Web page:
There were 1,793 households out of which 31.5% had children under the age of 18 living with them, 41.7% were married couples living together, 17.8% had a female householder with no husband present, and 35.2% were non-families. 32.1% of all households were made up of individuals and 16.3% had someone living alone who was 65 years of age or older. The average household size was 2.37 and the average family size was 2.98.

In the city, the population was spread out with 27.9% under the age of 18, 9.2% from 18 to 24, 24.4% from 25 to 44, 20.1% from 45 to 64, and 18.4% who were 65 years of age or older. The median age was 36 years. For every 100 females, there were 83.0 males. For every 100 females age 18 and over, there were 79.1 males.

The median income for a household in the city was $24,351, and the median income for a family was $31,618. Males had a median income of $28,475 versus $21,711 for females. The per capita income for the city was $13,819. About 15.8% of families and 20.9% of the population were below the poverty line, including 34.5% of those under age 18 and 14.3% of those age 65 or over.

Economy

From its inception, Bristow's economy centered on agriculture, and specifically on growing and processing cotton. By the early 1900s, Bristow had seven cotton gins and two cotton-seed oil mills. Additionally, other farmers in the area produced corn, peanuts, Irish potatoes, and fruits. [4]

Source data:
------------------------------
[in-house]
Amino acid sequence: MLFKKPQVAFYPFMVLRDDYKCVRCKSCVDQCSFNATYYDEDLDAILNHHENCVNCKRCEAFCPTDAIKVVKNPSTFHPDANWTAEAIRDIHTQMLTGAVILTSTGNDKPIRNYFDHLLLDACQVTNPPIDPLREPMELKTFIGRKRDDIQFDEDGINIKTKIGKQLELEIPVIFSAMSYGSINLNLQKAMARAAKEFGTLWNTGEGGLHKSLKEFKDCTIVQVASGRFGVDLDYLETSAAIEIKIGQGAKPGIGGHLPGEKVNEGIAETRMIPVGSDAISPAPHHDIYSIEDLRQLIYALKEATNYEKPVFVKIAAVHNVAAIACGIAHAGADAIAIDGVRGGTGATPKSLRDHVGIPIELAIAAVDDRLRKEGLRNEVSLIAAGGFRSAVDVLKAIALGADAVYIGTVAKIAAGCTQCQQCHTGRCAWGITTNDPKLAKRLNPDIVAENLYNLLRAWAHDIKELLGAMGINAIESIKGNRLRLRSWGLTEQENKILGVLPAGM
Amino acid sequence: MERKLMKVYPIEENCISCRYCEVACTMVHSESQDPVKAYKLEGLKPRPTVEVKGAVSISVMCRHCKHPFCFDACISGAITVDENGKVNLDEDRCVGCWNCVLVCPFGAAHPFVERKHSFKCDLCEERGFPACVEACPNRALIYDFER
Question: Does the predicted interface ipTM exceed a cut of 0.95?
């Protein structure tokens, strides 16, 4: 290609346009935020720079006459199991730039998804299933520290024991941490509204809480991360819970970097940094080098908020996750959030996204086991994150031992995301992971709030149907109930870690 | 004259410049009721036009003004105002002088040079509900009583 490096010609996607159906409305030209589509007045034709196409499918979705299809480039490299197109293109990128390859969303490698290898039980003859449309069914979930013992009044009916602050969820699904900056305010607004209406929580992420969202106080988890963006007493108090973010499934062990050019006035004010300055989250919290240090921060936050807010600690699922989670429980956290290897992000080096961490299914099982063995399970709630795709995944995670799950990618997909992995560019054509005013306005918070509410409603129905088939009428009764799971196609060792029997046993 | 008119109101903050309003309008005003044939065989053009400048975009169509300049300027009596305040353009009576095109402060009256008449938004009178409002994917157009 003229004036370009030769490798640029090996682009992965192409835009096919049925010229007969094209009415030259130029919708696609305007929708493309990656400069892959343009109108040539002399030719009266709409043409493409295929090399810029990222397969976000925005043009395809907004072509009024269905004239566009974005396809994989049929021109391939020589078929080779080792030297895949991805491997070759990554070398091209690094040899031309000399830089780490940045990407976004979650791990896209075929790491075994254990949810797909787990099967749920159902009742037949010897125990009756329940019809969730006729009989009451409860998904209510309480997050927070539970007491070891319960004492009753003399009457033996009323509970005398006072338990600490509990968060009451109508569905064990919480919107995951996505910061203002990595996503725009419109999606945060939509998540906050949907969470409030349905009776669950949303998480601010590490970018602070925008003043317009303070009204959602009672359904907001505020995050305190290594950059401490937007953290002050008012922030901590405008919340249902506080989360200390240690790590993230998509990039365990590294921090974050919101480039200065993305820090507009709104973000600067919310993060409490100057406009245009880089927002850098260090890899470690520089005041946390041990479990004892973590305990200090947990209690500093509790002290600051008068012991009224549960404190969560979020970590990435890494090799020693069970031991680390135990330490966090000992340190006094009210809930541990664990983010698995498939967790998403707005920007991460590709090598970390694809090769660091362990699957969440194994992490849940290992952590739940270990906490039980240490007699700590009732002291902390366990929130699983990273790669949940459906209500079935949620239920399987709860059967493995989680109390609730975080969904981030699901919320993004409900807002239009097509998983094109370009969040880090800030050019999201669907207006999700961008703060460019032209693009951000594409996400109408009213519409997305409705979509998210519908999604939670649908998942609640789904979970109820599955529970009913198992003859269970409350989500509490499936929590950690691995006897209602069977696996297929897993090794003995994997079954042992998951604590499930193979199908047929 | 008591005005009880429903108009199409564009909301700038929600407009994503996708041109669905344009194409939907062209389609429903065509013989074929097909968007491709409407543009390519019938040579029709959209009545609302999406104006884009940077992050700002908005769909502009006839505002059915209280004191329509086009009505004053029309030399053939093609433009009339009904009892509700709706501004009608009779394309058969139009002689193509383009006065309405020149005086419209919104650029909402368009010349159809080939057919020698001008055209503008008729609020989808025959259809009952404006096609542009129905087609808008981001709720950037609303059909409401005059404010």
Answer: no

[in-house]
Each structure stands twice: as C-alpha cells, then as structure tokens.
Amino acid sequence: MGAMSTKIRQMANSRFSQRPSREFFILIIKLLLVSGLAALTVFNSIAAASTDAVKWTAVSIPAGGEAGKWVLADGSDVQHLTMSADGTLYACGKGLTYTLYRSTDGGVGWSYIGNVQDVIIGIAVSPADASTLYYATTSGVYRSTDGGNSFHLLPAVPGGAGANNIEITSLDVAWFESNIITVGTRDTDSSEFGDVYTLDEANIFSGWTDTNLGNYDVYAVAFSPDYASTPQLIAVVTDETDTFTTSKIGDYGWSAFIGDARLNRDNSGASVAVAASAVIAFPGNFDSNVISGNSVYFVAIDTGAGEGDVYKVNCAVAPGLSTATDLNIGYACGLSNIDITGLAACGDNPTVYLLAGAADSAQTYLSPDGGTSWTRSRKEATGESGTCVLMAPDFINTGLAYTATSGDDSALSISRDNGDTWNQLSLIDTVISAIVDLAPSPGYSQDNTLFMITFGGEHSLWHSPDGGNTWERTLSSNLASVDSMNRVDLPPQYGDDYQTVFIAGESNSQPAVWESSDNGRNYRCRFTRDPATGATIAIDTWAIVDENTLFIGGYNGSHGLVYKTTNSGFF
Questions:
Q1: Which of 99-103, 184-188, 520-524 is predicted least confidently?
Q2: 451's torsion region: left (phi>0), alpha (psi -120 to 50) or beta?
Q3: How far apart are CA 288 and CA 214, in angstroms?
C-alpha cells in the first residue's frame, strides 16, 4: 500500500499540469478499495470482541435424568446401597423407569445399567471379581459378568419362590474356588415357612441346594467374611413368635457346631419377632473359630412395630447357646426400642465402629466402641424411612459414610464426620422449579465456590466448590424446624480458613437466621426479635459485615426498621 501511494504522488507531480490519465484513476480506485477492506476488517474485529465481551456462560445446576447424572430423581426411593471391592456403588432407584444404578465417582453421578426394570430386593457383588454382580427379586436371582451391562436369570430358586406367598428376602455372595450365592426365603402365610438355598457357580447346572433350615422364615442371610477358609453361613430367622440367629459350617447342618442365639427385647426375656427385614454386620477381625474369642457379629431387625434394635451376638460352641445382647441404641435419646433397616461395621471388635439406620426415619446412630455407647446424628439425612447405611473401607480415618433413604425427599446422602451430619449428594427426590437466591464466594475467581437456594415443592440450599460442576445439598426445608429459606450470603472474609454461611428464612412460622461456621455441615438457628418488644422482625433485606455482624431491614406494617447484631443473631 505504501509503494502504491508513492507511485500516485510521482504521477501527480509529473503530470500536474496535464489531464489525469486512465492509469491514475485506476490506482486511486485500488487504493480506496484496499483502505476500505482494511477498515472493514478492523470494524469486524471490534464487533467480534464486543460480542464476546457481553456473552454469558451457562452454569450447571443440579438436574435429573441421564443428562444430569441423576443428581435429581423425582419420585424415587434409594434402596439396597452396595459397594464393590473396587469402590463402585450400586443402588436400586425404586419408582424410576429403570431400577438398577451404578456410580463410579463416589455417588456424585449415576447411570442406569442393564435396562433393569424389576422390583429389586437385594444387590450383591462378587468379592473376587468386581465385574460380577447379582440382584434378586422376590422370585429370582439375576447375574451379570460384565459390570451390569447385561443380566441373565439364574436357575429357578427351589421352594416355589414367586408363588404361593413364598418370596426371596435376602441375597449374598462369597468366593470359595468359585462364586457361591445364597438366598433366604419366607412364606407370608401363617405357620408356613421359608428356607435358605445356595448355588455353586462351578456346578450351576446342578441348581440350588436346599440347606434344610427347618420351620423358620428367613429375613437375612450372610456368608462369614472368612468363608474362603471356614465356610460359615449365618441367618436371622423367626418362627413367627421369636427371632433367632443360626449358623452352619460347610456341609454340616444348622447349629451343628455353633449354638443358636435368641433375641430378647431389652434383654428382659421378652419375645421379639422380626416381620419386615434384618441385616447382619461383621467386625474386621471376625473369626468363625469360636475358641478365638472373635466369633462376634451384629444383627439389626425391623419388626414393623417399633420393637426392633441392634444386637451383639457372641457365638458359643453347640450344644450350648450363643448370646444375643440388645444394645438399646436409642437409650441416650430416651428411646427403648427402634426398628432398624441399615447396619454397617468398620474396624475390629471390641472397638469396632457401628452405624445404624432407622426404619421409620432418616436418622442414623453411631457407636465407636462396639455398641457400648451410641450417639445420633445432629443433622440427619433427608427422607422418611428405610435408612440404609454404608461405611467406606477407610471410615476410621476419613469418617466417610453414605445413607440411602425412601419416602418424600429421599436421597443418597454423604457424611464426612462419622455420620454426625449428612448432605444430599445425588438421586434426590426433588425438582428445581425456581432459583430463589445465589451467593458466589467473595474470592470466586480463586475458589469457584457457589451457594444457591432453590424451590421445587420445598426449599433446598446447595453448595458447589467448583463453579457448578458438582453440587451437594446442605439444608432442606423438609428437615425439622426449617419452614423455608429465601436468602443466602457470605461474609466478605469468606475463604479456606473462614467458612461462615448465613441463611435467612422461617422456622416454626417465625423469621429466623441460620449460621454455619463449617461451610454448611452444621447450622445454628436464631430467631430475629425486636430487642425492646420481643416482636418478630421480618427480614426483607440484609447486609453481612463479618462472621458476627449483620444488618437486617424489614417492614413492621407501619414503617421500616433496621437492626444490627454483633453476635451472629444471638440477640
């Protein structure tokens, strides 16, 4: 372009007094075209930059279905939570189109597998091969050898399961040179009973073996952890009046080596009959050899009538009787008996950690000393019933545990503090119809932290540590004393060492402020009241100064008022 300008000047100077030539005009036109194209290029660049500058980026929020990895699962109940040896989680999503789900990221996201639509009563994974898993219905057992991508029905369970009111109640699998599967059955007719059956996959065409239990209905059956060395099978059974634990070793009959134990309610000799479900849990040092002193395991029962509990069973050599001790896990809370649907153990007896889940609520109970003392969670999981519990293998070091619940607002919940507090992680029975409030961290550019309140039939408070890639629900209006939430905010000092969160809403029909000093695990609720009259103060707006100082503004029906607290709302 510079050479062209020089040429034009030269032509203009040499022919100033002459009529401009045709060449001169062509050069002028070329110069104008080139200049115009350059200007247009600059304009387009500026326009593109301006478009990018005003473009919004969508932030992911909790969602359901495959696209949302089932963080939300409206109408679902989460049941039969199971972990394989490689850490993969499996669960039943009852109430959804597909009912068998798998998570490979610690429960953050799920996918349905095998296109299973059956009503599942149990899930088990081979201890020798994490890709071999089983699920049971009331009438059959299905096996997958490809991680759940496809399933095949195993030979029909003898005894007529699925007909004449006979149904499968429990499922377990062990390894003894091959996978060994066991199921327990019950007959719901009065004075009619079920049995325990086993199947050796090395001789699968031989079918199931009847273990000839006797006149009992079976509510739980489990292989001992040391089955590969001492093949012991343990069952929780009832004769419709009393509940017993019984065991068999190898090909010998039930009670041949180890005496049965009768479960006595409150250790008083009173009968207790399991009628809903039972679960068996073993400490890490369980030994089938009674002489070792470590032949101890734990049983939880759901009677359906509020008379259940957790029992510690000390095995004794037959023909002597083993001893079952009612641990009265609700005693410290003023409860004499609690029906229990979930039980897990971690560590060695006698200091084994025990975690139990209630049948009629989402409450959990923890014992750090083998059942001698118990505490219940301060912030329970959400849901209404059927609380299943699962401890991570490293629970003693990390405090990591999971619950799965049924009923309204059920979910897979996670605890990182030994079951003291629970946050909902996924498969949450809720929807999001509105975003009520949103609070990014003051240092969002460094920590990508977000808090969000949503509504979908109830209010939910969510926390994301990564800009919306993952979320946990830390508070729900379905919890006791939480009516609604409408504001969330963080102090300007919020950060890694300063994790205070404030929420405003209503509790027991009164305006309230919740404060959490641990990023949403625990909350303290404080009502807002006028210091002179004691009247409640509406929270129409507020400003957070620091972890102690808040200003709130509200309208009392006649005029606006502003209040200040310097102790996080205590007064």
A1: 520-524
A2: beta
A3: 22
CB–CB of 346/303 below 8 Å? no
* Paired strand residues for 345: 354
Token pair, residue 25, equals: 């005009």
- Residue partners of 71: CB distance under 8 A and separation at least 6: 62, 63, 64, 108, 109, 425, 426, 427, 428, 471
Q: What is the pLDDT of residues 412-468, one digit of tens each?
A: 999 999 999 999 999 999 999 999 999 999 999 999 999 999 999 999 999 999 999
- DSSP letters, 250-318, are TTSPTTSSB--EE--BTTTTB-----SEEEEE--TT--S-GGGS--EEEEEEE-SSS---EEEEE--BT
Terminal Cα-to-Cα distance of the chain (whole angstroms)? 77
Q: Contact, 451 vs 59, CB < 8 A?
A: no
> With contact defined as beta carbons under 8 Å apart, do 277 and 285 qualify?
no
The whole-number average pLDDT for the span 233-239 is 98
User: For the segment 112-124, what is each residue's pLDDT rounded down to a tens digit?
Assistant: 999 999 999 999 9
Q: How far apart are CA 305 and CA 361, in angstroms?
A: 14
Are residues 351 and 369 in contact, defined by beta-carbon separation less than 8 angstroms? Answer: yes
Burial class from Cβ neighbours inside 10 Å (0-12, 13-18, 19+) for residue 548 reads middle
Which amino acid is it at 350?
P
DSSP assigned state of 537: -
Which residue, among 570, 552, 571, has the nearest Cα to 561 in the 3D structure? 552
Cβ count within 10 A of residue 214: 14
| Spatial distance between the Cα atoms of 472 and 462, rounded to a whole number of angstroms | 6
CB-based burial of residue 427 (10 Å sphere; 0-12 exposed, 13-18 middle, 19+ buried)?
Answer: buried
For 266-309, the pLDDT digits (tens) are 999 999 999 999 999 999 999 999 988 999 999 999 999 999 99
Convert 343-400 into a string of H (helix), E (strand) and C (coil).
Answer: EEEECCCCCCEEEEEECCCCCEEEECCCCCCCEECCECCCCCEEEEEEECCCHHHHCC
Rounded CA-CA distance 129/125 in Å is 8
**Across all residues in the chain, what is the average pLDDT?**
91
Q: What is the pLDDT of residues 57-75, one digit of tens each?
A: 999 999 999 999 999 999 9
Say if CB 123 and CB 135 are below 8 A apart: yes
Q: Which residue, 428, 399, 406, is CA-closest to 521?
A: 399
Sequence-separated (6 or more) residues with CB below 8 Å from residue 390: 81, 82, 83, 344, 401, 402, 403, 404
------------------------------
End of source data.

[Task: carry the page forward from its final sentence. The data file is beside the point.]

Oil and natural gas were discovered nearby in 1914 - 1915, producing an economic boom lasting until 1923. The boom also caused a population spike. According to the Encyclopedia of Oklahoma History and Culture, nearly 31,000 people lived within a few miles radius of Bristow in 1920. [4]

Although the boom cooled by 1925, by 1930 the city was the site of three oil refineries, four pipeline facilities and offices for several petroleum-related companies. KFRU, one of Oklahoma's first radio stations, started broadcasting from Bristow in January 1925. [4]

Some manufacturing facilities were added during the 1960s, including Bristow Mattress Factory, the Glassmarc Corporation (manufacturer of fiberglass boats and other items), Artemis Incorporated (manufacturer of women's garments), and the U.S. Carpet Company. [4]

Government

Bristow has a home-rule charter form of government. [4]

Notable people

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References

  1. 1 2 "American FactFinder". United States Census Bureau. Archived from the original on 2013-09-11. Retrieved 2008-01-31.
  2. "US Board on Geographic Names". United States Geological Survey. 2007-10-25. Retrieved 2008-01-31.
  3. 1 2 "Geographic Identifiers: 2010 Demographic Profile Data (G001): Bristow city, Oklahoma". U.S. Census Bureau, American Factfinder. Retrieved March 5, 2015.
  4. 1 2 3 4 5 6 7 8 Wilson, Linda D. "Bristow". Oklahoma Historical Society. Archived from the original on 28 April 2017. Retrieved 7 May 2017.
  5. "OKLAHOMA - Creek County". National Register of Historic Places.com. Archived from the original on 11 September 2016. Retrieved 7 May 2017.
  6. "US Gazetteer files: 2010, 2000, and 1990". United States Census Bureau. 2011-02-12. Retrieved 2011-04-23.
  7. "Historical Weather for Bristow, Oklahoma, United States".
  8. "Annual Estimates of the Resident Population for Incorporated Places: April 1, 2010 to July 1, 2015". Archived from the original on 2016-06-02. Retrieved July 2, 2016.
  9. "Josiah "Joe" Henson". Sports Reference. Archived from the original on 3 December 2016. Retrieved 8 May 2017.